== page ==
I only read an excerpt of one paragraph from this story - the villain (a Shoggoth?) admits to having engineered all of human civilization (agriculture, industrialization, etc) purely with a view to humanity's greater downfall (at the hands of the Old Ones?).

I think I read the excerpt online, maybe in a review and this was a few years ago. I believe the story (I suspect it was a short story) was in print.

I thought that the story was `Fat Face' by Michael Shea, but this turns out not to be the case.

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    When did you read it? Was it online? Anthology book? Magazine? Ancient runes on megaliths? – FuzzyBoots May 19 '16 at 19:53
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    IT couldn't be a shoggoth, they have no brain usually... on the other hand that would explain a thing or two about us. – Yasskier May 19 '16 at 21:55
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    @Yassiker: Old One 1: "Those Shuggoths couldn't possible be intelligent and trying to destroy us. Right? Right?" Old One 2: "Tekeli-li." – Buzz May 19 '16 at 22:26
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    According to Lovecraft's mythos, all current life on Earth is the result of industrial waste runoff from the Old Ones'. – Joe L. May 19 '16 at 23:01
  • purely with a view to humanity's greater downfall – What exactly do you mean by this? Did the villain help mankind such that it downfall would be more spectacular? Or did the villain steer humanity to fall, when it wouldn’t have fallen without his “help”? — Also: To whom does the villain admit? – Wrzlprmft May 20 '16 at 17:46

That doesn't sound much like Lovecraft; his stories generally have humanity as being fairly unimportant to the greater Gods/aliens/etc.

That said, this kinda sounds like The Shadow out of Time. I've put the plot below. The reason I think it sounds kind of similar is because, at one point, the protagonist talks with other beings who have been taken over by the beings in the story (his mind is transplanted into their 'time' while his body is taken over by one of the aliens). I recall him having conversations, possibly about the aliens greater plans.

Here's the plot: https://en.wikipedia.org/wiki/The_Shadow_Out_of_Time

The Shadow Out of Time indirectly tells of the Great Race of Yith, an extraterrestrial species with the ability to travel through space and time. The Yithians accomplish this by switching bodies with hosts from the intended spatial or temporal destination. The story implies that the effect, when seen from the outside, is similar to spiritual possession. The Yithians' original purpose was to study the history of various times and places, and they have amassed a "library city" that is filled with the past and future history of multiple races, including humans. Ultimately the Yithians use their ability to escape the destruction of their planet in another galaxy by switching bodies with a race of cone-shaped plant beings who lived 250 million years ago on Earth. The cone-shaped entities (subsequently also known as the Great Race of Yith) lived in their vast library city in what would later become Australia's Great Sandy Desert (22°3′14″S 125°0′39″E).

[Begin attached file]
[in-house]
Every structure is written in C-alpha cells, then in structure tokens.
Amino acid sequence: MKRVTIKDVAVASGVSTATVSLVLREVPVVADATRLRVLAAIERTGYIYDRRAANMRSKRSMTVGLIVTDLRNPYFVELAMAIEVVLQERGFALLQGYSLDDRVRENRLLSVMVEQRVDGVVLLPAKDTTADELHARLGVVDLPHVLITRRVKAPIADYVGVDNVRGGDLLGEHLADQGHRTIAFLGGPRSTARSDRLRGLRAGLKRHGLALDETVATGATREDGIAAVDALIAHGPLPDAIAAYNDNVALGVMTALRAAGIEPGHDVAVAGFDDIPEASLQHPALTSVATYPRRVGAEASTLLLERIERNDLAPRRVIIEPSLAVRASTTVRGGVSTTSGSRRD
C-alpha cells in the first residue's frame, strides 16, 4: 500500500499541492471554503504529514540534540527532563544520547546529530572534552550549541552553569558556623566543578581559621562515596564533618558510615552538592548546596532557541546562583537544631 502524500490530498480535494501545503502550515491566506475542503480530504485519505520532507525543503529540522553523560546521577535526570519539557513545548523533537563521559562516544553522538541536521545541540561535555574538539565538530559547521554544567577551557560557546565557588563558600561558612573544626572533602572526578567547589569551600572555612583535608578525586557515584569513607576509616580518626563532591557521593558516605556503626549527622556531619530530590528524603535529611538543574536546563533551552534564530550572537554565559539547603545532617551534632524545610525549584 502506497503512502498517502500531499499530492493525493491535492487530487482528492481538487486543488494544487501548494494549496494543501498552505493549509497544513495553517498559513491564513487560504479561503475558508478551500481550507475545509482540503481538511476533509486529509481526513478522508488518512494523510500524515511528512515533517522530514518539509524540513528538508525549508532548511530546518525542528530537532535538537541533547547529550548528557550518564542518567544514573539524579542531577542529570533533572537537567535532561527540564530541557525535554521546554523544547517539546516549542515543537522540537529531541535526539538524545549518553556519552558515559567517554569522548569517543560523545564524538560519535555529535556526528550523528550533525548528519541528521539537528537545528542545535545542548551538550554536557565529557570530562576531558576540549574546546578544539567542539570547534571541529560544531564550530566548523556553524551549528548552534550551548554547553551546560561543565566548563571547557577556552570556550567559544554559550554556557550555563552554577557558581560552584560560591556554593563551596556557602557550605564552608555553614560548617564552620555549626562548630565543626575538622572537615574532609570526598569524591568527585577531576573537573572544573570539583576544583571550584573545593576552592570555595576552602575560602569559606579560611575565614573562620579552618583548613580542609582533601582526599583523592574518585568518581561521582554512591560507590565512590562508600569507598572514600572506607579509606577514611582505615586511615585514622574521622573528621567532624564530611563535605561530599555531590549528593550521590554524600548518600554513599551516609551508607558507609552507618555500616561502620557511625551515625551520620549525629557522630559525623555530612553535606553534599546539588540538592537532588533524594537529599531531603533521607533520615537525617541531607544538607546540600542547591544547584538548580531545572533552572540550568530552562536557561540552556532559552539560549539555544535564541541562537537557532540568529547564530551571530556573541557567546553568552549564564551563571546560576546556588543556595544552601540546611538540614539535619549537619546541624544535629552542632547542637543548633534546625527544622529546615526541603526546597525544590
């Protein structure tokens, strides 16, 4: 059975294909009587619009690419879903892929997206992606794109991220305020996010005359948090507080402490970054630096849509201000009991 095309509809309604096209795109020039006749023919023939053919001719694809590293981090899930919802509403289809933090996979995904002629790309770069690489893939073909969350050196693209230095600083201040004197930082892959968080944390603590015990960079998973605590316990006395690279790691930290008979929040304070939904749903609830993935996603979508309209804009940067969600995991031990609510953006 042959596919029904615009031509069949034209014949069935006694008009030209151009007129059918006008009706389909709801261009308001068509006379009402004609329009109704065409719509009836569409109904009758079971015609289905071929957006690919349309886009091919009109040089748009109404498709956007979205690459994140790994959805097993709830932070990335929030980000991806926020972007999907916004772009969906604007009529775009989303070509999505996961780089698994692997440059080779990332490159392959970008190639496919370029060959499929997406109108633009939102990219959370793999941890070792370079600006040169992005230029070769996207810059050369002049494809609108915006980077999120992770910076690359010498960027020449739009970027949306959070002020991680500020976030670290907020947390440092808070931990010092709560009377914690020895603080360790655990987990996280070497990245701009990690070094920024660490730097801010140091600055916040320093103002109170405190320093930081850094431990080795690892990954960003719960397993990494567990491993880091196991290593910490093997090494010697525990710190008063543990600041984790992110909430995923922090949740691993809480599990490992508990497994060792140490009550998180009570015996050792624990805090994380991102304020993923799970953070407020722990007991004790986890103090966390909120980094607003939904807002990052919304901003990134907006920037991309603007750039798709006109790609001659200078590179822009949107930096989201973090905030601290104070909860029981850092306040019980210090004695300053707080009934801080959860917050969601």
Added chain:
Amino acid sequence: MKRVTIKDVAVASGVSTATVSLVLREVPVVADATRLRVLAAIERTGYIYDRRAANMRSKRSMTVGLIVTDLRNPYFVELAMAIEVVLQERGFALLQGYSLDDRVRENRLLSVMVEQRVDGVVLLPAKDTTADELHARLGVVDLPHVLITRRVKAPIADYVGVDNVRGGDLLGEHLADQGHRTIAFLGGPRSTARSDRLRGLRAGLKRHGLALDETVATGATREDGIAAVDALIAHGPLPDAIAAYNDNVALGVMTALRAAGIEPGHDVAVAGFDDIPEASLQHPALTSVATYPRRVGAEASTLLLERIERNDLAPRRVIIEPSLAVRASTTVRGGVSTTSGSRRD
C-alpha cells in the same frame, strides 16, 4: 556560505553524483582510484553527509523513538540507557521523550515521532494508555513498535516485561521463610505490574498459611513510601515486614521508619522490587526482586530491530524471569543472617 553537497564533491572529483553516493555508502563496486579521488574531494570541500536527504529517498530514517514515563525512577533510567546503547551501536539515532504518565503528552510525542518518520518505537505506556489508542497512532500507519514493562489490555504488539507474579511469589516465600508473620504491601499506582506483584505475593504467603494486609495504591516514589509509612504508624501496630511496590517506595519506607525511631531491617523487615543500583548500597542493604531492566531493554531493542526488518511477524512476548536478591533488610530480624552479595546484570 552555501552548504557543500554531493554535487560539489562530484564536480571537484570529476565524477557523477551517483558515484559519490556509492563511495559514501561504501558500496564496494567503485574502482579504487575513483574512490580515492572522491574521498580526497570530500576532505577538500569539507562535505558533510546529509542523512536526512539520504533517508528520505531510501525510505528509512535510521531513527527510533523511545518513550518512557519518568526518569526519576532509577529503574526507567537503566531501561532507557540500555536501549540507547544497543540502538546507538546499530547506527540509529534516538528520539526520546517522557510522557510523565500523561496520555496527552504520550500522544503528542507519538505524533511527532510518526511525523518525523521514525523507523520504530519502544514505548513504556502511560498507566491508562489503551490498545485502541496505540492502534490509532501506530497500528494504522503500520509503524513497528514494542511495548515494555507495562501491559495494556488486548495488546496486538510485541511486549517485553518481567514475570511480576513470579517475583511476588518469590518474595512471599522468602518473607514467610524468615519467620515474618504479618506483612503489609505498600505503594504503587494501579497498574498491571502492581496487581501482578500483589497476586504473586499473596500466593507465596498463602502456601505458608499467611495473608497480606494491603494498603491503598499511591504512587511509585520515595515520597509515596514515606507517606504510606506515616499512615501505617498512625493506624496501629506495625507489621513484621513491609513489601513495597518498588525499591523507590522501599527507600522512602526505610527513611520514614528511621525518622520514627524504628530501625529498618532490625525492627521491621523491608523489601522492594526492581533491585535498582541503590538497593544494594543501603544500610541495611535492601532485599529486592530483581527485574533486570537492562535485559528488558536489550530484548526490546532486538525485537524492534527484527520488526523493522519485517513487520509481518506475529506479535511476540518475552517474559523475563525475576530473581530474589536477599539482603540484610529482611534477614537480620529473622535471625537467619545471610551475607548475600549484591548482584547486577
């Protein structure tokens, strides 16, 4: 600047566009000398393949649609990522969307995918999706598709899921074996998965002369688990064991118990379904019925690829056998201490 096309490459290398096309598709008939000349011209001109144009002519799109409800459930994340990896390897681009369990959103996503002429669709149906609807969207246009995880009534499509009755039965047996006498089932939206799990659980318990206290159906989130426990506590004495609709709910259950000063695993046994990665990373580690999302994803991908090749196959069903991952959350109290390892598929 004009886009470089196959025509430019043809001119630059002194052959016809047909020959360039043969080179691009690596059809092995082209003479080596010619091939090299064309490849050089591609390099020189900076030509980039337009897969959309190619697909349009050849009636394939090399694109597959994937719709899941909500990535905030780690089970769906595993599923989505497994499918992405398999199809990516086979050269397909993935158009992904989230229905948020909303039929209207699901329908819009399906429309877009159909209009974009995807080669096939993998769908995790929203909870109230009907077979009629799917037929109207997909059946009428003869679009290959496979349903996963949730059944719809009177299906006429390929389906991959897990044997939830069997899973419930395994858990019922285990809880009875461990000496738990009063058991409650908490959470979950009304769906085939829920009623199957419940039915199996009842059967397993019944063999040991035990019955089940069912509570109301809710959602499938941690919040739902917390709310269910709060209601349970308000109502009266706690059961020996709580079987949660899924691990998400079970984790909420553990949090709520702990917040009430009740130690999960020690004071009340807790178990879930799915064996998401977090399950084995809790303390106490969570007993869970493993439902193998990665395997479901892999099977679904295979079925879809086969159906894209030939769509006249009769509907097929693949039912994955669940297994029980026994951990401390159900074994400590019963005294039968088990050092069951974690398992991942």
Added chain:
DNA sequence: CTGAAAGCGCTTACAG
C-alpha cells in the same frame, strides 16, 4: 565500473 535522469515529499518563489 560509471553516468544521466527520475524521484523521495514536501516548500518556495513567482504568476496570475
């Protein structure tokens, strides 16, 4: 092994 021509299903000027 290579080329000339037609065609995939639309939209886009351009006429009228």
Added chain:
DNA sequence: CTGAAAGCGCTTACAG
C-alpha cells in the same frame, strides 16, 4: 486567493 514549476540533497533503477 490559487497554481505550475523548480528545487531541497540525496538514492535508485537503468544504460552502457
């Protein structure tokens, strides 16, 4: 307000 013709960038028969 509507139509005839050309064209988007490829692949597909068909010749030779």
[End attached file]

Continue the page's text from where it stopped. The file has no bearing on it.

The story is told through the eyes of Nathaniel Wingate Peaslee, an American living in the first decade of the 20th century, who is "possessed" by a Yithian. He fears he is losing his mind when he unaccountably sees strange vistas of other worlds and of the Yithian library city. He also feels himself being led about by these creatures and experiences how they live. When he is returned to his own body, he finds that those around him have judged him insane due to the actions of the Yithian that possessed his body. While he was experiencing a Yithian existence in Earth's ancient past, the Yithian occupying his body was experiencing a human one in the present day.

The narrator at first believes his episode and subsequent dreams to be the product of some kind of mental illness. His initial relief at discovering other cases like his throughout history is withered when he discovers that the other cases are too similar to his own to be without a connection. The narrator's dreams become more vivid, and he becomes obsessed with Archaeology and Ancient Manuscripts (as was the Yithian) - but lacks any sort of proof that would demonstrate whether he was (or is) simply mad.

He discovers that the Yithians on Earth died out eons ago, their civilization destroyed by a rival, utterly alien pre-human race described as "half-polypous" creatures, but the Yithian minds will inhabit new bodies on Earth after humanity is long gone. His tenuously held sanity is challenged when he discovers the proof he seeks—and that not only do remains of the Yithians' past civilization still exist on earth, but also still remaining are those who destroyed them. It is also mentioned that the current appearance of the Yithians is not the original, but one acquired during a previous mass-projection of the minds of their race when disaster beckoned, leaving the original inhabitants to die in the bodies of the Yithians.

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